The Doobies did not work together for the next five years, though various members got together in different configurations for annual Christmas season performances for the patients and staff at the Stanford Children's Hospital in the Bay area. Simmons released a commercially disappointing solo album, Arcade, in 1983. During the mid-1980s, Johnston toured U.S. clubs with a band called Border Patrol, which did not release any recordings. Hossack and (briefly) Simmons worked with the group. Around 1986, Johnston and Simmons began working on an album together (according to a 1989 interview with Simmons), but abandoned the project soon after with no known finished tracks. In 1983, Knudsen and McFee formed the band Southern Pacific and recorded four albums that found success in the country charts (former Creedence Clearwater Revival bassist Stu Cook joined the band in 1986 and former Pablo Cruise guitarist David Jenkins in 1988). Out of print for many years, Simmons' Arcade was reissued o...
The success of Cycles led to the release of 1991's Brotherhood, also on Capitol. The group members grew their hair back out, wore denim and leather, and attempted to revive their biker image of the early 1970s. In spite of the makeover and strong material led by Simmons' now trademark "Dangerous" (featured in the Brian Bosworth biker film Stone Cold), Brotherhoodwas unsuccessful, in part due to a lack of support from Capitol Records. The accompanying tour (with the 1989 lineup sans Bumpus), which also featured Joe Walshon the bill, was ranked among the ten least profitable tours of the disappointing 1991 summer season by the North American Concert Promoters Association. The 1987 Doobie Brothers alumni band reunited on October 17 and 19, 1992, at the Concord Pavilion in Concord, California to perform benefit shows for LaKind's children. LaKind, terminally ill with colon cancer, joined the group on percussion for a few numbers. The concerts were recorded and subsequently broadcast on...
In 1999, Rhino Records released the group's first box set, Long Train Runnin': 1970–2000, which featured remastered tunes from the band's entire catalog, a new studio recording of the live concert staple "Little Bitty Pretty One", and an entire disc of previously unreleased studio outtakes and live recordings. Rhino's release the following year, Sibling Rivalry, was the band's first new studio album since 1991. The material reflected contributions from both Knudsen and McFee, ranging from rock to hip-hop, jazz, adult contemporary, and country. The album sold poorly, reflecting the declining sales throughout the adult-oriented rockmusical scene. On June 22, 2001, while heading to a show at Caesars Tahoein Lake Tahoe, Hossack suffered multiple fractures in a motorcycle accident on Highway 88 and had to be airlifted to a Sacramento-area hospital, where he underwent surgery. Drummer and percussionist M. B. Gordy was recruited to fill in for Hossack. After being sidelined for months, Hos...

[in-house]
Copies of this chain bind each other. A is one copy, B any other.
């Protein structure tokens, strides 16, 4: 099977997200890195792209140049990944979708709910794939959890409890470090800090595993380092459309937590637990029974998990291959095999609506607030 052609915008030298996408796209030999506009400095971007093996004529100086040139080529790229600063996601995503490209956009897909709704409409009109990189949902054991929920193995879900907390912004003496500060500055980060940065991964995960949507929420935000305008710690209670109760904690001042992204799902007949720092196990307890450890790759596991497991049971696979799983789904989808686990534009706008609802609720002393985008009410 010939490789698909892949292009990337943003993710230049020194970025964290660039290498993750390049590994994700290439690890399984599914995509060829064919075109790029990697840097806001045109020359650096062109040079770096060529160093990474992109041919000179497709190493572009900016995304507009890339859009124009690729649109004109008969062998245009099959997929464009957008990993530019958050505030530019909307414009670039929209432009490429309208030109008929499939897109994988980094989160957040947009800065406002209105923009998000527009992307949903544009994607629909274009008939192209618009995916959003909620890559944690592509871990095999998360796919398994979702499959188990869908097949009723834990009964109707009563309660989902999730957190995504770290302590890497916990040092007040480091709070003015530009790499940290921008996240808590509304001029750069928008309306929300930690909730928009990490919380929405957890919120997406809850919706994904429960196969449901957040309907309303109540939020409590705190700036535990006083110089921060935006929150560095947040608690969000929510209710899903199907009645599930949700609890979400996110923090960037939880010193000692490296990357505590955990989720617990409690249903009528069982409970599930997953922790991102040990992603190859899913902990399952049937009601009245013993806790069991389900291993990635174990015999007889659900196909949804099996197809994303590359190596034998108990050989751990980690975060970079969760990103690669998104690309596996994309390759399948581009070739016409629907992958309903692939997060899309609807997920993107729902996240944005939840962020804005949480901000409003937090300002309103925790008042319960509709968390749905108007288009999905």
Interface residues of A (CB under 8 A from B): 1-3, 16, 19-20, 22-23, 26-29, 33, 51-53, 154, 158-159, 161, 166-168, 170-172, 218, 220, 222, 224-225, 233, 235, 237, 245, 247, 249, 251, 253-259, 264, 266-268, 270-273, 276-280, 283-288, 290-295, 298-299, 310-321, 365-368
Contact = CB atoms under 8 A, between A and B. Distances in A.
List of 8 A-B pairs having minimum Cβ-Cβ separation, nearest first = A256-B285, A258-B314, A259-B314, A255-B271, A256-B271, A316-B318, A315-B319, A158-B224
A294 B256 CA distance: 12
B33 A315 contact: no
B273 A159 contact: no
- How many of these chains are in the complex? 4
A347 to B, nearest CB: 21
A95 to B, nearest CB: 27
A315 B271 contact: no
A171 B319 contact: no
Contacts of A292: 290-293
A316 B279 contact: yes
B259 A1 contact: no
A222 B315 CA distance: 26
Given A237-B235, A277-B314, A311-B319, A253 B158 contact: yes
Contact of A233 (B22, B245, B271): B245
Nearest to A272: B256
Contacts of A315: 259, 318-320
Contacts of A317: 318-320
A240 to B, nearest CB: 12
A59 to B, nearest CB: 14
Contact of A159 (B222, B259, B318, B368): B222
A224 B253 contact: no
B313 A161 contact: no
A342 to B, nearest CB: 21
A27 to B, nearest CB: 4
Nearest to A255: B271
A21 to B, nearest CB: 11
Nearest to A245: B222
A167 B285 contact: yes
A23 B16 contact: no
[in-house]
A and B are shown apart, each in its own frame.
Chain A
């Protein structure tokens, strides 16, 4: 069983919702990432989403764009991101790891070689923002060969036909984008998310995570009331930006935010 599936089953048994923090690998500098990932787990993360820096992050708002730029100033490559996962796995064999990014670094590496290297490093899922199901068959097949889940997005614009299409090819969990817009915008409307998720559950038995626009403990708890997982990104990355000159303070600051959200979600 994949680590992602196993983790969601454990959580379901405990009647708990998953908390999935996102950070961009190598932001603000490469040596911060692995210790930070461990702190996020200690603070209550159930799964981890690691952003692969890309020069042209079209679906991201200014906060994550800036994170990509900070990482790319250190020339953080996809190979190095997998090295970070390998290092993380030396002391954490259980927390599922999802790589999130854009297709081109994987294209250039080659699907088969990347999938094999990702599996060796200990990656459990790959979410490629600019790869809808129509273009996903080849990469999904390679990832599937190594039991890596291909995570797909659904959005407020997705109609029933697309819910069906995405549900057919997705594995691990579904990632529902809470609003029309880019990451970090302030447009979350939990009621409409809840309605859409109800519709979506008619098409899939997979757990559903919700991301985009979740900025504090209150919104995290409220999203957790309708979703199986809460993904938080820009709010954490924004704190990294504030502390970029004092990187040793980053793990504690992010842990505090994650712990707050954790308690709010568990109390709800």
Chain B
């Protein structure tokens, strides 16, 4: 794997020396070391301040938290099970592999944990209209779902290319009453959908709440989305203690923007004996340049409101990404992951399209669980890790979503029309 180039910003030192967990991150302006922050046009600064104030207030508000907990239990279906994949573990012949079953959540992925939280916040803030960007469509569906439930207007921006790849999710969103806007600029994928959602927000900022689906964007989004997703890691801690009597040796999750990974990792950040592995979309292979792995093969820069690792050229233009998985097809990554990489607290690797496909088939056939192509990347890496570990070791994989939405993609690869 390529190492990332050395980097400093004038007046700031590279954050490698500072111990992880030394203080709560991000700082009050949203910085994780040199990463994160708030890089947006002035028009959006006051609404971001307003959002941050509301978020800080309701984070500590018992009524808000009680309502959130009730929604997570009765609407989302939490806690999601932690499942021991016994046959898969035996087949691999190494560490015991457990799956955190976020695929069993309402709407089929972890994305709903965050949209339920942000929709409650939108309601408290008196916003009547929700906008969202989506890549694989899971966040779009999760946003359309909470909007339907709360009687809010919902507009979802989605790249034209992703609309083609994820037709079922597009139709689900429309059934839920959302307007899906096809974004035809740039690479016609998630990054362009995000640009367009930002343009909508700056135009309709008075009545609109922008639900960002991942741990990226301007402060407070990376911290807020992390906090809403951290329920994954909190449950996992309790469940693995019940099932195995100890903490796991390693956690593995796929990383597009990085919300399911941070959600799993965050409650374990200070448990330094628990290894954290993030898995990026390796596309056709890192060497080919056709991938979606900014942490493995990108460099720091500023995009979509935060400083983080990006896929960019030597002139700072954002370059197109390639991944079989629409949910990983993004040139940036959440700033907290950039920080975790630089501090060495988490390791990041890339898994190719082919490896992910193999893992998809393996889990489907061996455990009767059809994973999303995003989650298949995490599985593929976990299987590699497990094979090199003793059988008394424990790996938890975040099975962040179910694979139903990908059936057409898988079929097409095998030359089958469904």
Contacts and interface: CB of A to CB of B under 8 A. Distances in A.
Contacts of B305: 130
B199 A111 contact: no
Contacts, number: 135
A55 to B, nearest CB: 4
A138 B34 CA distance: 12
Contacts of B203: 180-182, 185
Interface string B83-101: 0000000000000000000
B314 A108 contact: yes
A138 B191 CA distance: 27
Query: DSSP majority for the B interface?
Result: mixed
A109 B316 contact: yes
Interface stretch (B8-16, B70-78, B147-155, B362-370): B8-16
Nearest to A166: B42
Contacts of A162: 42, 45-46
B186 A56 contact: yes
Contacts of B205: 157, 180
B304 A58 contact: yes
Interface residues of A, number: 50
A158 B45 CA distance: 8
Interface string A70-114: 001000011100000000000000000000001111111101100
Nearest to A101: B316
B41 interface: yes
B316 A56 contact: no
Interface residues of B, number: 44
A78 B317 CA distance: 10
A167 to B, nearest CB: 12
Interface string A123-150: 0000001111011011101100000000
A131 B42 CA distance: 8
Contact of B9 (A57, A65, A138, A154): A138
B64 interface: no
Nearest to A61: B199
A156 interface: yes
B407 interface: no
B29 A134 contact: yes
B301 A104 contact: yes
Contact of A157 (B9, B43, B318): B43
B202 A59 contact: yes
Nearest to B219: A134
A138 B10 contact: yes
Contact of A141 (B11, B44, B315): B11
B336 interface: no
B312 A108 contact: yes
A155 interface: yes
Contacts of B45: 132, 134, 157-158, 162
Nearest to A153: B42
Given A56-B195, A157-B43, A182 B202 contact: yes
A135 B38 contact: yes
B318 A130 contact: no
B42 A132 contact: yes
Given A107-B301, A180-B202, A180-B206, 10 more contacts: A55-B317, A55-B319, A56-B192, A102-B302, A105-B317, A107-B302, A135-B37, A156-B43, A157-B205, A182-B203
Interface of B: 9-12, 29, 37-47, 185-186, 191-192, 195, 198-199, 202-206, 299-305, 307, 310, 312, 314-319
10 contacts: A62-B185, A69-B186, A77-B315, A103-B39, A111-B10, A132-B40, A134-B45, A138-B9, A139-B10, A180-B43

For its 2010 and 2012 summer tours, the band was once again paired with Chicago, as it was in 1974, 1999 and 2008. In March 2010, longtime bass guitarist/vocalist Skylark resigned from the band after suffering a serious stroke. John Cowan, who had originally toured with the band in the early 1990s, returned to take Skylark's place, and has been with the band ever since. Three months later, before the band embarked on its 2010 summer tour with Chicago, Hossack was forced to sit out following a diagnosis of cancer. Tony Pia, a member of the Brian Setzer Orchestra, was recruited to substitute for Hossack. Pia became an official touring member of the band following Hossack's death in 2012. On September 28, 2010, the Doobie Brothers released their 13th studio album, World Gone Crazy, produced by their longtime producer Ted Templeman. World Gone Crazy was the first Doobie Brothers album Templeman produced since 1980's One Step Closer. The album's first single, "Nobody", was free-streamed...